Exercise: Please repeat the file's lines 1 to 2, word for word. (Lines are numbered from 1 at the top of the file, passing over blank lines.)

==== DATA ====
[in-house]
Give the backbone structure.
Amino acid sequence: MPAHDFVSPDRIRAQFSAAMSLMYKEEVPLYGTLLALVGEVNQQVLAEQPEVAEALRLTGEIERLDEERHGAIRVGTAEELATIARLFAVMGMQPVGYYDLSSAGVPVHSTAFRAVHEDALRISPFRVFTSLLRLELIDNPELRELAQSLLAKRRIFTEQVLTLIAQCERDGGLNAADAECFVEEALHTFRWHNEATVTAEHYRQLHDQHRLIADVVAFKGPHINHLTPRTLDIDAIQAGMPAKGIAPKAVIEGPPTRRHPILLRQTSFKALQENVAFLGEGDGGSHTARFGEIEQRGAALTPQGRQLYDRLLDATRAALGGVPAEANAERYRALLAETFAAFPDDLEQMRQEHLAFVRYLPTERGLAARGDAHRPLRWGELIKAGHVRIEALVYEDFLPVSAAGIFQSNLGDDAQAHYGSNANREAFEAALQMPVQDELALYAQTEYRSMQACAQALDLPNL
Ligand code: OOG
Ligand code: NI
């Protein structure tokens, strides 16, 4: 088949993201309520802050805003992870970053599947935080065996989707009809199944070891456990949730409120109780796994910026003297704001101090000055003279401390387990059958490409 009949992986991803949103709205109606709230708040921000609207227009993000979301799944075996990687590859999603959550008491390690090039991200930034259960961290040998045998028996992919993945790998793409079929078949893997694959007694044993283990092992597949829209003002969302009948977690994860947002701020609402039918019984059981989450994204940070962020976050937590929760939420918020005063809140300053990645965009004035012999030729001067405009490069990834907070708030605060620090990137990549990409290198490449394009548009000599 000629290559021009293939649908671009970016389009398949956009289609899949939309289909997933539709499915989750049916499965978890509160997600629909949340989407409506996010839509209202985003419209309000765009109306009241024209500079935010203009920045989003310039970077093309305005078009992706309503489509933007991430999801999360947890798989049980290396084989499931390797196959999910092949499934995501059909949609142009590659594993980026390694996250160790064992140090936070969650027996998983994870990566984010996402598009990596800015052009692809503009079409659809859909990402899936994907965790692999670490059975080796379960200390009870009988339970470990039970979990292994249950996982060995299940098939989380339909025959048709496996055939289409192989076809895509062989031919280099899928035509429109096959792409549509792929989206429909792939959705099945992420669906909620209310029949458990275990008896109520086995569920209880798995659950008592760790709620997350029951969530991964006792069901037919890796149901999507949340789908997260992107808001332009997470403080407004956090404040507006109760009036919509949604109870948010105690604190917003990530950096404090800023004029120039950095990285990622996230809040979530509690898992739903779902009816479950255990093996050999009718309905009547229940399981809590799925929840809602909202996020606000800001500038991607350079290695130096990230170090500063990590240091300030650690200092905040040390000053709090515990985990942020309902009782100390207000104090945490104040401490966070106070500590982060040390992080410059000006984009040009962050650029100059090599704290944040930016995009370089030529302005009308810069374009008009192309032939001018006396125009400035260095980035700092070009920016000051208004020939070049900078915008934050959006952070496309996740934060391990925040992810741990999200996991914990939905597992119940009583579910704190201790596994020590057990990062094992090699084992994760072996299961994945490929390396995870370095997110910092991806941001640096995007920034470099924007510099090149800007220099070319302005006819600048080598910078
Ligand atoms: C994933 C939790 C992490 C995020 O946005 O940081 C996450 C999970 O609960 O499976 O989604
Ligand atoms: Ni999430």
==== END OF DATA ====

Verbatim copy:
[in-house]
Give the backbone structure.